The Boston Globe is barely there anymore. Its circulation has fallen so far that it is below those of the Cleveland Plain Dealer and Honolulu Star Advertiser. And Boston, the home to one of the most educated urban populations in the world, is no longer an environment that can support a daily newspaper. Its parent company, The New York Times Company (NYSE: NYT), publisher of the most admired local newspaper in the nation, could not muster the wherewithal to salvage its little sister. The newspaper industry, long in disarray, has surrendered on of its last stars to effective insolvency.
The Times has put the Globe on the market, and media reports claim it will sell for as little as $100 million. That figure seems high, based on the Globe’s performance. What the Times calls its New England Media Group, made up mostly of the Globe, had total revenue of $85.3 million last quarter. Advertising sales dropped 10.1% to $37.6 million.
When media experts look at what is wrong with the Globe’s picture, what stands out is its inability to show circulation revenue growth. This segment of revenue continues to rise at The New York Times itself, and has effectively offset a drop in ad sales. What these numbers prove is that the Times is prized enough by readers that they will pay for online additions. That is not true of any other paper in the nation, except The Wall Street Journal. The “paywall” experiment did not work in Boston. The Globe’s readers would not pay for the online version in great enough numbers to save the floundering medium. One of the highest quality newspapers in America basically was abandoned by its readers.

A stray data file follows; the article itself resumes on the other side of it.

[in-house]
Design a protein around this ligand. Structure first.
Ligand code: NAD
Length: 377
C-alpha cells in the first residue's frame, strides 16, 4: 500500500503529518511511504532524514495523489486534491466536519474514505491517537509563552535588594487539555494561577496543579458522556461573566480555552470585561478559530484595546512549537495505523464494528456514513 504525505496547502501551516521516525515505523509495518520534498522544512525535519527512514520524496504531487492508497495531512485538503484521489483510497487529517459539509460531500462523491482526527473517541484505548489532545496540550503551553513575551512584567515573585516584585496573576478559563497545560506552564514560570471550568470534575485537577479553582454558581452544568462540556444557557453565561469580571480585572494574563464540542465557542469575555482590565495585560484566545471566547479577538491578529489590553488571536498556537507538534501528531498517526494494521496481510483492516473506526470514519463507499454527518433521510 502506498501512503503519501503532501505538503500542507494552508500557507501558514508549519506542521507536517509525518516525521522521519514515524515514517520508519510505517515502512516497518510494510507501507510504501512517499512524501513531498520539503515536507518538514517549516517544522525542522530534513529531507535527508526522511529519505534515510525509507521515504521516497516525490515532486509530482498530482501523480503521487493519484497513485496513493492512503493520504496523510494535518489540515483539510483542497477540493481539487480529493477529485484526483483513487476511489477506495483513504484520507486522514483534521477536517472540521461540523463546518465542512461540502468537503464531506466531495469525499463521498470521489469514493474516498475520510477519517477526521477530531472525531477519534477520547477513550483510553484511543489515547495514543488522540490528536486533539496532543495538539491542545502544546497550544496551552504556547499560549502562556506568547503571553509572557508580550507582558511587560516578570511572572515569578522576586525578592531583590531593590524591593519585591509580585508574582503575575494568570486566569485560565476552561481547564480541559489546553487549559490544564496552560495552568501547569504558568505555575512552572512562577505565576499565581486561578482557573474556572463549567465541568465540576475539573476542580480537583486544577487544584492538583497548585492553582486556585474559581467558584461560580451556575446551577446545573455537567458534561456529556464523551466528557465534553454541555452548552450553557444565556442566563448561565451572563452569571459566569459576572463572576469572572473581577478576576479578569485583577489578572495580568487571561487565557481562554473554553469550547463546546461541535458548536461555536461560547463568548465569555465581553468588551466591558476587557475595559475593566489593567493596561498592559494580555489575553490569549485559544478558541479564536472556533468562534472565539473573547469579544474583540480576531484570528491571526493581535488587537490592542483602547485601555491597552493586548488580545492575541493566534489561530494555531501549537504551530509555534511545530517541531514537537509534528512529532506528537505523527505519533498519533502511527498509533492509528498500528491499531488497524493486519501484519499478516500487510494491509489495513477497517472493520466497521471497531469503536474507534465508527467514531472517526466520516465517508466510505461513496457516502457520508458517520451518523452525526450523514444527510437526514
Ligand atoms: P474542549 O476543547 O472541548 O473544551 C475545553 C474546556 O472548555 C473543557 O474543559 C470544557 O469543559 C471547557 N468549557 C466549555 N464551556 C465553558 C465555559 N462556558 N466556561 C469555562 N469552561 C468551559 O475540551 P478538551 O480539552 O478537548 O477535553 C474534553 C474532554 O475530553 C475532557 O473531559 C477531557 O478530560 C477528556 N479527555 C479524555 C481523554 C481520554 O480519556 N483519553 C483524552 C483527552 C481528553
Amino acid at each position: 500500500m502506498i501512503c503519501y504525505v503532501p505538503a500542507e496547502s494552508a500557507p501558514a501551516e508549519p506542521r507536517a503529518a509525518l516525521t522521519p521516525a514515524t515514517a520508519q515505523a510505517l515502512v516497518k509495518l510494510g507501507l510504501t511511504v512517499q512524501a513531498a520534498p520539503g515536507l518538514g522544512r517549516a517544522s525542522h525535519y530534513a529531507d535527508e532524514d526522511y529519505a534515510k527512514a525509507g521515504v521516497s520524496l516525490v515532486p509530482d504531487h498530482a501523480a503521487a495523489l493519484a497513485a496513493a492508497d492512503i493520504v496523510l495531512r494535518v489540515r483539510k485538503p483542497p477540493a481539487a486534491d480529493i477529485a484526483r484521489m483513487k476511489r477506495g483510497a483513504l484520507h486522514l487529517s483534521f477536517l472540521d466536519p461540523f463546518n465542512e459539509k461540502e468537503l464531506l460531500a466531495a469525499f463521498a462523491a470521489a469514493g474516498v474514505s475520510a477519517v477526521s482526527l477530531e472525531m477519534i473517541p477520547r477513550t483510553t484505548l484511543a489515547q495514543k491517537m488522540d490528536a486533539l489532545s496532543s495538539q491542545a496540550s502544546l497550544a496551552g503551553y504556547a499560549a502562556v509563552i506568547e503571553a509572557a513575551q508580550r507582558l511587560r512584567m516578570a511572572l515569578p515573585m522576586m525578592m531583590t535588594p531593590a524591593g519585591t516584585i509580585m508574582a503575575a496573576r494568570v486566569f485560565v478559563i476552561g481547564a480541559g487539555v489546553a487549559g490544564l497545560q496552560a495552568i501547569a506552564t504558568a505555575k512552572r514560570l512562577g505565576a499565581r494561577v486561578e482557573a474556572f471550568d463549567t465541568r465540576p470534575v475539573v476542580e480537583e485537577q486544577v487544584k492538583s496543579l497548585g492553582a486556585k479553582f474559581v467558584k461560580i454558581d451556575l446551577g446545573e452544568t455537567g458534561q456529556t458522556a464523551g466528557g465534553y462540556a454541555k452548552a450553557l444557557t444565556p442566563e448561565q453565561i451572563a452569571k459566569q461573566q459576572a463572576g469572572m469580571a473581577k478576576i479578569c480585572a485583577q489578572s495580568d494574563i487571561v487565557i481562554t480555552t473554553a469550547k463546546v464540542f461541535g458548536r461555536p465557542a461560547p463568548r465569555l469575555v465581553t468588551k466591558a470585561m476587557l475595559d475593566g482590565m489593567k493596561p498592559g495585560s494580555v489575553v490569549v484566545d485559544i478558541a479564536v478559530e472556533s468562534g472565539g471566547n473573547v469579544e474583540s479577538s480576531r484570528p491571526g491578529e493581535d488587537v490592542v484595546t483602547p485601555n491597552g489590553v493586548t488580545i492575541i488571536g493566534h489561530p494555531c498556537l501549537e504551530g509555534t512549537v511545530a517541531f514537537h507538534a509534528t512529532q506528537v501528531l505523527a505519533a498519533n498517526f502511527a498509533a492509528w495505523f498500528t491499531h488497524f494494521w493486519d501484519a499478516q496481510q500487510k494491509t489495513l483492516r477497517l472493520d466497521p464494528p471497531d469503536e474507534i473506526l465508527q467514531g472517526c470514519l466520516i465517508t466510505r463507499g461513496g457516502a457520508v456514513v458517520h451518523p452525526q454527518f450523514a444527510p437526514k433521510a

The lesson of the demise of the Globe tells something about other large metro dailies. Readers will not consider these valuable enough to pay for online versions, which means their futures are limited. The latest large paper to try the online paid model is the Washington Post Company (NYSE: WPO), which has started a program for its flagship paper. The effort is guaranteed to fail. As has been pointed out repeatedly, readers find their information elsewhere, at least in large enough numbers to rob daily newspapers of revenue to the point where they cannot sustain themselves.
The observation that daily newspapers are dying is very old. But there had been hope that, with the end of the recession, the industry would stabilize and have time to create a successful model. It has had that time, and nothing has emerged.